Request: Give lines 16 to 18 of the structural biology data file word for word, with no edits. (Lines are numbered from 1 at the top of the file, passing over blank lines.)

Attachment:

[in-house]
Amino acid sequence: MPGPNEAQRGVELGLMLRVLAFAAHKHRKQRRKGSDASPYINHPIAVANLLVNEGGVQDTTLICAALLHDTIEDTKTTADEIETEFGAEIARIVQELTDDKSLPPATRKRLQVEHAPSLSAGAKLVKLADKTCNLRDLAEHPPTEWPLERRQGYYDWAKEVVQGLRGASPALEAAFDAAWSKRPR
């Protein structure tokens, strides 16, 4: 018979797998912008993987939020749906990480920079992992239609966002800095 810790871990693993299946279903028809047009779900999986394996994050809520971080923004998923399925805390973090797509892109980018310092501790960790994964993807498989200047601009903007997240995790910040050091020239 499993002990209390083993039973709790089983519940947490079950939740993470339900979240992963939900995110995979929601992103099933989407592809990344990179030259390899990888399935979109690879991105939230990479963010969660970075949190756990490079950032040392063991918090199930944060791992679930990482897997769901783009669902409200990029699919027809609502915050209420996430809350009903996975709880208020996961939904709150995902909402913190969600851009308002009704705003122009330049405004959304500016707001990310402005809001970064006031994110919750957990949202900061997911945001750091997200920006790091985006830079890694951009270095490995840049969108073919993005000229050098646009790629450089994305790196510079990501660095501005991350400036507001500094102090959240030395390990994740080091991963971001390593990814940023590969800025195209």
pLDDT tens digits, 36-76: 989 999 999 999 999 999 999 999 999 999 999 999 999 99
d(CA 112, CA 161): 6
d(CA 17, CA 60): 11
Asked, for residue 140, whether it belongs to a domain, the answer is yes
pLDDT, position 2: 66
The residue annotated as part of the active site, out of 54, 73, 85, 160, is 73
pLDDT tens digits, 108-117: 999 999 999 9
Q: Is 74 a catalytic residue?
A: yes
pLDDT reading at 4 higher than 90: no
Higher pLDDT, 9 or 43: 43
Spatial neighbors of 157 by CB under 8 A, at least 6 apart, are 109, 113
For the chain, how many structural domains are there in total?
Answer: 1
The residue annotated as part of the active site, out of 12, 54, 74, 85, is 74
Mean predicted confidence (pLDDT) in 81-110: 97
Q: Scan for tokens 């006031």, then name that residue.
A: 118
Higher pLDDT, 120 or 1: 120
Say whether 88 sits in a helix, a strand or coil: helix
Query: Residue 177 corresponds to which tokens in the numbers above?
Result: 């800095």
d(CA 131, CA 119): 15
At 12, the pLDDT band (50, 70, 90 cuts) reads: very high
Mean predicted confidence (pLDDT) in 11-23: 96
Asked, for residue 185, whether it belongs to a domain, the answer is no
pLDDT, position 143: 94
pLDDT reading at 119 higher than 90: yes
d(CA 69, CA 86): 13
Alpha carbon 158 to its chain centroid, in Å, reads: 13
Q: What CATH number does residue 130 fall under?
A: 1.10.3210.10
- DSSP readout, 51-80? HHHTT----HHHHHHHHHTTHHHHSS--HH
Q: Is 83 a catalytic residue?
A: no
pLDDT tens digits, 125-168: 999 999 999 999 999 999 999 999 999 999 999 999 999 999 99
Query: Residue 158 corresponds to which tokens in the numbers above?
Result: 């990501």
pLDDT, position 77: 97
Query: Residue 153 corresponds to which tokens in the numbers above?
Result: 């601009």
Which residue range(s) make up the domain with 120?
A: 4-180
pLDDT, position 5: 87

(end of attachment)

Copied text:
For the chain, how many structural domains are there in total?
Answer: 1
The residue annotated as part of the active site, out of 12, 54, 74, 85, is 74